Nestlé’s extraction of water despite potentially threatening ecological conditions highlights a hallmark of the culture of capitalism. For whatever economic benefits the capitalist culture may bestow, like other cultures it has its own set of values and beliefs regarding the natural world. In his classic study of the Dust Bowl, Donald Worster summed up those values thusly: First, “Nature must be seen as capital.” Second, “Man has a right, even an obligation, to use this capital for constant self-advancement.” Third, “The social order should permit and encourage this increase of personal wealth.” In other words, as Worster went on to say, “The community exists to help individuals get ahead and to absorb the environmental costs” of such pursuits.

These maxims constitute the internal logic of capitalism as it relates to the natural world. The consequences of that logic, however, do not play out equally everywhere. Place matters. The ecological conditions in one geographic area may absorb some the harshness of such imperatives. Elsewhere, where ecological conditions are less forgiving, acting according to these maxims results in brutal consequences for individuals and communities.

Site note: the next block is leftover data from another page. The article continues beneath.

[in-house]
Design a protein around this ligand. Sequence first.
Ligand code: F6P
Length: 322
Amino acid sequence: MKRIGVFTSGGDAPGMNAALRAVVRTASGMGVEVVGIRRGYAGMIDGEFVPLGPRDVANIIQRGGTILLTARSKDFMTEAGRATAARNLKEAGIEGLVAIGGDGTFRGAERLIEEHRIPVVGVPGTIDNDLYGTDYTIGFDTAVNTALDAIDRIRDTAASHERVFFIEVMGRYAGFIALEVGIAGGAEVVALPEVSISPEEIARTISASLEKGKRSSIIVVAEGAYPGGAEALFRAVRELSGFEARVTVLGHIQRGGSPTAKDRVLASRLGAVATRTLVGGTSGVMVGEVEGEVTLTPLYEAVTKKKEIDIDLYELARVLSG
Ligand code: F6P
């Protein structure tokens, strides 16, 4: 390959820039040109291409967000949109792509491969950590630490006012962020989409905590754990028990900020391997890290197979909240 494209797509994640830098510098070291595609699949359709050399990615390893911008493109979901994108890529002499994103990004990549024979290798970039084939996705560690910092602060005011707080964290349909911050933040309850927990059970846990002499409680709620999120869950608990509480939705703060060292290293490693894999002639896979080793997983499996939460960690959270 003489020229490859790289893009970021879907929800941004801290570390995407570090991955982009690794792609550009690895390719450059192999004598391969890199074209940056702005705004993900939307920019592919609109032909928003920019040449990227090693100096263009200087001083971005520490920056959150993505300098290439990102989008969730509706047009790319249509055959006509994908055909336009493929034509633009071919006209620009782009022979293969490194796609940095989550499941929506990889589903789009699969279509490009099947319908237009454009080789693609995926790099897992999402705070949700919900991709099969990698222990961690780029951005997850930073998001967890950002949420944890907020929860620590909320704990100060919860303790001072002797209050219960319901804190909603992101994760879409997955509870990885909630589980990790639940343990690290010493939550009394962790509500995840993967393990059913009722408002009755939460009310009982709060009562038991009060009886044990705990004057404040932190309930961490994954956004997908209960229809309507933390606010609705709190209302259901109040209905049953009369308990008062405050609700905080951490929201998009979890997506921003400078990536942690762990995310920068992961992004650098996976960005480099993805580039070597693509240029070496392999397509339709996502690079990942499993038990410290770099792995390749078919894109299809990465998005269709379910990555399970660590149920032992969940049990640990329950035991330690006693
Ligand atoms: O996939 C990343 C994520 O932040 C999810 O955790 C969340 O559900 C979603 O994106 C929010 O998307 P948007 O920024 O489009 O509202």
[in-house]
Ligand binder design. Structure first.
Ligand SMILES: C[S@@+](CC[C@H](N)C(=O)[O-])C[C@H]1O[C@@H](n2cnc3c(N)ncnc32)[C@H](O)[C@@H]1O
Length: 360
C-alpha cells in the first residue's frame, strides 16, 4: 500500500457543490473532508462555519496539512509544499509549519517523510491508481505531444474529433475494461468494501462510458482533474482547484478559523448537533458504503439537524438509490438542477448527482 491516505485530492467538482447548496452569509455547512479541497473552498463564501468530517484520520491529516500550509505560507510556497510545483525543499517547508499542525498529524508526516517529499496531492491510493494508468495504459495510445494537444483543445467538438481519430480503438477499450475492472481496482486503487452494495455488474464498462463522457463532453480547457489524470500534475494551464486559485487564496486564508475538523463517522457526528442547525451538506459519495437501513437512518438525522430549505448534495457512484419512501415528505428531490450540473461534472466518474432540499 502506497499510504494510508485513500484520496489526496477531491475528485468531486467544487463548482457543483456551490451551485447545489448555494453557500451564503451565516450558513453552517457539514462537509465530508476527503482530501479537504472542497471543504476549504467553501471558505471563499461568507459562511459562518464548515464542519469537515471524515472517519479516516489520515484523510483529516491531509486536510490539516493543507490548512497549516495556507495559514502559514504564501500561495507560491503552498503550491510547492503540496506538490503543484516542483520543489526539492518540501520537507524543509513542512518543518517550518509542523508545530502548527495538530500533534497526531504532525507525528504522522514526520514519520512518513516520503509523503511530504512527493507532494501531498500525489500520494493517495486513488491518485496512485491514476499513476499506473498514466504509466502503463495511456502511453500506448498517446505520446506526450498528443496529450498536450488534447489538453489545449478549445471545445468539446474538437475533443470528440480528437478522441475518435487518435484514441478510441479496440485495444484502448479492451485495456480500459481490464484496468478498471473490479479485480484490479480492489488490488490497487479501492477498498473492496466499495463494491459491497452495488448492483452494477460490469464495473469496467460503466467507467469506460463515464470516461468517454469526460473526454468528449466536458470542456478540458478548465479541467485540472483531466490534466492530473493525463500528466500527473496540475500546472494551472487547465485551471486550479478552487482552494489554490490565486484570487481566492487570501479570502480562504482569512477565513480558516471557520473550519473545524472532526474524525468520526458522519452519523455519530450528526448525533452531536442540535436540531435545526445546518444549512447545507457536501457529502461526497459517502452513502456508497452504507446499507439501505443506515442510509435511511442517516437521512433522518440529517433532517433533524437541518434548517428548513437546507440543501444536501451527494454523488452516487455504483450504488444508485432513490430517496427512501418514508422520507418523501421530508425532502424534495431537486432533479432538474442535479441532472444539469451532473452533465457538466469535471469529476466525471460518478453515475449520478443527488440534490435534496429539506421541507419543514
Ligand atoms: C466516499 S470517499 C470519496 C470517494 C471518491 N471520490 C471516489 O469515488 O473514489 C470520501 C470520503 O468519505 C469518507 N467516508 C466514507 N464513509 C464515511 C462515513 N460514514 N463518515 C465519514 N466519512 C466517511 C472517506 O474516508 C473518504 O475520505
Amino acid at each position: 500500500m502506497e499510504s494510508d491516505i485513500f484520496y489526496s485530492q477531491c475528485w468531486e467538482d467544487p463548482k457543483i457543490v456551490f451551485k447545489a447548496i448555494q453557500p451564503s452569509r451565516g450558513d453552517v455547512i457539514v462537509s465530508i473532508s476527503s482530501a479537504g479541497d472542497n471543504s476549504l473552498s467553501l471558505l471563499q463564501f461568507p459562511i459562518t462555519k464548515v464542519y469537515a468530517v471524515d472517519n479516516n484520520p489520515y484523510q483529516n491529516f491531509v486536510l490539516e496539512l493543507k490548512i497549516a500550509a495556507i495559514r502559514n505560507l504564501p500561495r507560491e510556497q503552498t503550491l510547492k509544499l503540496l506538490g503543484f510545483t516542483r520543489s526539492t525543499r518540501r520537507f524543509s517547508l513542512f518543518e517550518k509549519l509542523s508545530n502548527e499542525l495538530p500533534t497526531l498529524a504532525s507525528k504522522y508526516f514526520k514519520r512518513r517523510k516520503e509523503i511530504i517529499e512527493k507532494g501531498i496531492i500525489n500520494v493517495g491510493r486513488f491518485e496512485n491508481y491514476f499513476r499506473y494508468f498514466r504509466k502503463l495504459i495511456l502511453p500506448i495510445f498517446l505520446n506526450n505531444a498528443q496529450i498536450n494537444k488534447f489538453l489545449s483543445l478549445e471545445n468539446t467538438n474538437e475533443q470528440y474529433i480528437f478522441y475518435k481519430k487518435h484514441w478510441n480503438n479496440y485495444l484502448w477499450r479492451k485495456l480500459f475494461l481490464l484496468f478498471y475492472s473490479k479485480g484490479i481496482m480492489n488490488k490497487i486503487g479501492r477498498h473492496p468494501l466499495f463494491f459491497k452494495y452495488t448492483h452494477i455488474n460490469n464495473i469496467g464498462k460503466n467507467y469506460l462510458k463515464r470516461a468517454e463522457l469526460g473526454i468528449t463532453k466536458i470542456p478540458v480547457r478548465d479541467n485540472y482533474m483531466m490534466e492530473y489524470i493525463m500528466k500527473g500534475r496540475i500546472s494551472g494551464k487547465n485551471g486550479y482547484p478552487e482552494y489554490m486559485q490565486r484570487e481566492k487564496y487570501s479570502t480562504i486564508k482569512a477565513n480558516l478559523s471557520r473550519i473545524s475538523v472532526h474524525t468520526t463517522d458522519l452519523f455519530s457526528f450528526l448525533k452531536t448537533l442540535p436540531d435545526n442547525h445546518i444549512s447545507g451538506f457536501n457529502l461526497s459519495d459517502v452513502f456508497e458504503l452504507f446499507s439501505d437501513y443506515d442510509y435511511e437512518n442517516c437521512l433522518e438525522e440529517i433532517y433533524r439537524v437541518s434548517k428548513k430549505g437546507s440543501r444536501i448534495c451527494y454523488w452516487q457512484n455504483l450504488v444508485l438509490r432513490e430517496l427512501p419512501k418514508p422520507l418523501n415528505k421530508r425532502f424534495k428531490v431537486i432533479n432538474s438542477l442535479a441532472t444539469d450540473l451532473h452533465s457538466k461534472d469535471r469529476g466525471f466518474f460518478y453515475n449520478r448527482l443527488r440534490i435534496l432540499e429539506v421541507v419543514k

The West – that geographic area of the nation extending west of the 98th meridian, where average annual rainfall is below 20 inches – is exactly the kind of landscape where the ecological circumstances are less forgiving. It is a “marginal landscape,” meaning that it is an environment not particularly favorable to permanent human settlement, and such settlement is only maintained at great effort and is always tenuous. Look at a precipitation map of the United States and it becomes apparent that the West is categorically a different place than the rest of the country with a different set of environmental realities with which to contend.


Much of what we have come to know as the culture of the West was the result of adaptations made to those environmental realities. Walter Prescott Webb noted these adaptations and the world that made them necessary in his work, The Great Plains (1931). As Webb argued: